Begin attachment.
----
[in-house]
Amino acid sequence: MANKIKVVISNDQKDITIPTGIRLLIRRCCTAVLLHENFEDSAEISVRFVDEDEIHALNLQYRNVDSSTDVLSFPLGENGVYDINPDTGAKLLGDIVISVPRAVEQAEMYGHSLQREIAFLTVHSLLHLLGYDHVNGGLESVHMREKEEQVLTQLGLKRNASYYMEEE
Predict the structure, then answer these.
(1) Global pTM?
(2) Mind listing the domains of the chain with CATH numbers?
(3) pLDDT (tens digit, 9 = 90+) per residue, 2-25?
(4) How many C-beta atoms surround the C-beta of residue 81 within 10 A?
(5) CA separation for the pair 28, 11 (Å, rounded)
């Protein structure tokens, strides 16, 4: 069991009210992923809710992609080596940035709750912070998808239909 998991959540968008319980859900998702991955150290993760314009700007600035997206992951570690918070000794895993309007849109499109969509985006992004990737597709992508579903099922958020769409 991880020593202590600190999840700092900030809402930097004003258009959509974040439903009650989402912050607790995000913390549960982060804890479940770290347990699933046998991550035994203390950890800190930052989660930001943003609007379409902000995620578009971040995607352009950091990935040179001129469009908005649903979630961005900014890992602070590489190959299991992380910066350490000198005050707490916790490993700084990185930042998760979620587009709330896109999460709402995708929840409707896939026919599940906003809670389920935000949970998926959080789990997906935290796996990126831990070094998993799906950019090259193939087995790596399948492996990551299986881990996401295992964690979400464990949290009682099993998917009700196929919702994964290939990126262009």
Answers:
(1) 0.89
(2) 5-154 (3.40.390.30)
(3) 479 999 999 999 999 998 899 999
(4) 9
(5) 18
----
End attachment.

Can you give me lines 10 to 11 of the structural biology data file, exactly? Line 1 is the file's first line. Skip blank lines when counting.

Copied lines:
Answers:
(1) 0.89